2010 Volvo C30 Facelift Launched Photo:
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2010 Volvo C30 DRIVe - Australian Launch Photo:
2010_volvo_c30_t5_rdesign_09 Photo: tmr
2010_volvo_c30_drive_03 Photo: tmr
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Tony O'Kane | May, 05 2010 | 0 Comments

VOLVO HAS LAUNCHED the 2010 C30 range in Australia, a range which features a new look, more features and a fuel-sipping diesel model.

Prices however have remained static, improving the C30’s value proposition. The only major change to the C30’s pricing structure is the addition of the C30 DRIVe, which at $36,150 sits a rung above the entry-level 2.4i S manual.

The mid-range 2.4 LE variant has been dropped from the range.

With the 2010 C30 update, Volvo Australia is looking to broaden the appeal of its small hatchback.

The typical C30 buyer has, up until now, been a person in their mid-40s, but Volvo expects its revitalized C30 range to appeal to young professionals between the ages of 28 and 35.


Angling for a younger demographic necessitated a newer, more youthful look for the C30, and the car’s facelift accomplishes this nicely.

Styled in the same vein as the XC60 SUV and the upcoming S60 sedan, the 2010 C30’s new nose loses the old model’s square-edged features in favour of a tauter, sportier ‘face’.

The bumper, front guards and bonnet are entirely new, and the reshaped grille features a larger version of Volvo’s distinctive “Iron Mark” corporate emblem. The cheek ‘vents’ are more pronounced and the black plastic lower bumper cladding is now more subtle, too.

The headlights are upswept and catlike, with an entirely different lens arrangement. The taillights are the same shape as the outgoing model, but now feature LED globes with an Emergency Brake Light (EBL) flashing function.

Under hard braking and/or ABS activation, the tail-lights flash rapidly to alert vehicles behind you. When speed drops below 10km/h, the C30’s hazard lights take over.

Styling changes to the C30’s rump are minimal, but the more sparing use of black plastic on the lower reaches of the rear bumper lends the car more visual heft and gives it the appearance of riding lower to the ground.

A pair of reflectors are now integrated into the rear bumper too, and the numberplate recess has been reshaped.

An optional exterior styling pack adds silver garnishes to the front bumper, rear bumper and sideskirts, but the T5 R-Design scores a more attractive body-coloured bodykit, silver wing mirror covers, tailgate spoiler and 90mm chrome exhaust tips.

Orange Flame metallic and Lime Grass Green are new to the 2010 C30’s colour palette

Two new alloy wheel designs have been added to the C30’s bulging options list, with the 17x7-inch “Styx” wheel (only available in white) and the 16x6.5-inch “Convector” new for 2010.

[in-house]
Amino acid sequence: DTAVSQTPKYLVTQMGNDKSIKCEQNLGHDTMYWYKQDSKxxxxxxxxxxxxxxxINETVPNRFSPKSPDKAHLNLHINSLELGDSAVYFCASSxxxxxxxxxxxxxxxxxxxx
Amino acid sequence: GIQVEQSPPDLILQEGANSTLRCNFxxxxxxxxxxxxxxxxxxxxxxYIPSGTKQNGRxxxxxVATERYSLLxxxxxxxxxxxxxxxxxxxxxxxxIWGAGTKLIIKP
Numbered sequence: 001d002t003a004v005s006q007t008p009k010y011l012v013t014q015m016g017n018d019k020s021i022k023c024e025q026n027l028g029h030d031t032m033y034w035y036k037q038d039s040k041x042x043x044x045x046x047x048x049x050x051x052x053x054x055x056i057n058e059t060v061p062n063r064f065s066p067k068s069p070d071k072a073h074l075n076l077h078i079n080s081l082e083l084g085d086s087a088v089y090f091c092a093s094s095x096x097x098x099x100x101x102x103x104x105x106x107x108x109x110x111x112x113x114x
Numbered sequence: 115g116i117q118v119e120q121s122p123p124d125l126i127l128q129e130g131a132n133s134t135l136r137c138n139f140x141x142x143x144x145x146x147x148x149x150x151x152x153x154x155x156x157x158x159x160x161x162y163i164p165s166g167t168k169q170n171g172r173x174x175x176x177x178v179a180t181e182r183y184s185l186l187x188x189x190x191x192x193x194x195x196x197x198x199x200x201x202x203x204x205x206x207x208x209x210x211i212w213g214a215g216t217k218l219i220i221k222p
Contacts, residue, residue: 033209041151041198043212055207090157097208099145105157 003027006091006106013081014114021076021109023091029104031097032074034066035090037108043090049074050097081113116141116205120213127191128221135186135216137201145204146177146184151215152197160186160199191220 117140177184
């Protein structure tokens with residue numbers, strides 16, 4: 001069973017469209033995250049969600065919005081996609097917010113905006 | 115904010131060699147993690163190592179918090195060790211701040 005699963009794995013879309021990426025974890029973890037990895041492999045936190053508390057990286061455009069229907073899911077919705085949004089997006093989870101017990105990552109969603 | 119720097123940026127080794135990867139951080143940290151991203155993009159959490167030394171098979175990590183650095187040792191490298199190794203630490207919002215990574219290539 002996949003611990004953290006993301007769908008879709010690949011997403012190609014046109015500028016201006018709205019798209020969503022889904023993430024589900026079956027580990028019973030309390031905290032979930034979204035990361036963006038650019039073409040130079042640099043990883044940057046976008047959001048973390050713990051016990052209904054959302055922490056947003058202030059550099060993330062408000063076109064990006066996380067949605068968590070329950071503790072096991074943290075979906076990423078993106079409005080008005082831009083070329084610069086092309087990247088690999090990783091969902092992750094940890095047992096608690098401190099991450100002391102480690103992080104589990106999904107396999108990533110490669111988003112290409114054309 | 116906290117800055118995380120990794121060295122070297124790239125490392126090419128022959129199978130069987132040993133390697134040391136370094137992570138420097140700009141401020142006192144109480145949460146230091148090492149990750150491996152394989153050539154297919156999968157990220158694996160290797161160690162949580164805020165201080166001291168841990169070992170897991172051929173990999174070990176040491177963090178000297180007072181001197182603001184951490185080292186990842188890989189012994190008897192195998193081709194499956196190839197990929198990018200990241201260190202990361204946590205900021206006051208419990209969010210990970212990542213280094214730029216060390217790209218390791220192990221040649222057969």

The C30’s four-seater interior carries over largely unchanged, albeit with a few trim additions for 2010.

The satin-finish Oyster Burst Deco trim is white with an airbrushed grey border and is inspired by the classic Hagstrom guitars used by Elvis and Jimi Hendrix, while a honeycomb-style aluminium trim gives a more subdued finish to the centre stack and door trims.

Material changes and a new textured surface for the parcel shelf rounds out the rest of the interior changes, but as with the old model there’s ample room for cabin customization.

Fabric trim is standard on all models bar the T5 and T5 R-Design (where it’s a no-cost option), while the T5 models get leather upholstery.

Three interior colour schemes can be optioned (dark, dark/light and light), and there are four fabric colours and three leather colours to choose from (‘Cranberry’ red leather is new for 2010).

The T5 R-Design gets two-tone black/white leather upholstery, along with a smattering of R-Design badging.


Active Bending Lights (ABL) are the biggest change to the C30’s equipment levels for 2010, with the T5 and T5 R-Design receiving them as standard equipment.

Xenon bulbs provide strong illumination, while sensors linked to the steering wheel turn the lenses toward the direction of travel to improve visibility around corners.

ABL is available on all other C30 models, albeit as a $2925 option.

Power mirrors, power windows, foglights, cruise control, climate control and a trip computer are standard across the range, with a sunroof, power-adjustable seats, Bluetooth connectivity, sat-nav and rear parking sensors all available as cost options.

Heated front seats, keyless entry, rain-sensing wipers and an auto-dimming rear view mirror are also optional.

The base sound system is a six-speaker AM/FM tuner with single-disc CD player and 3.5mm auxillary input. T5 models get an 8-speaker stereo with USB/iPod input (a $1425 option on other models), while the top of the line 12-speaker Dynaudio premium stereo costs $975 on the T5 and $2400 on all other models.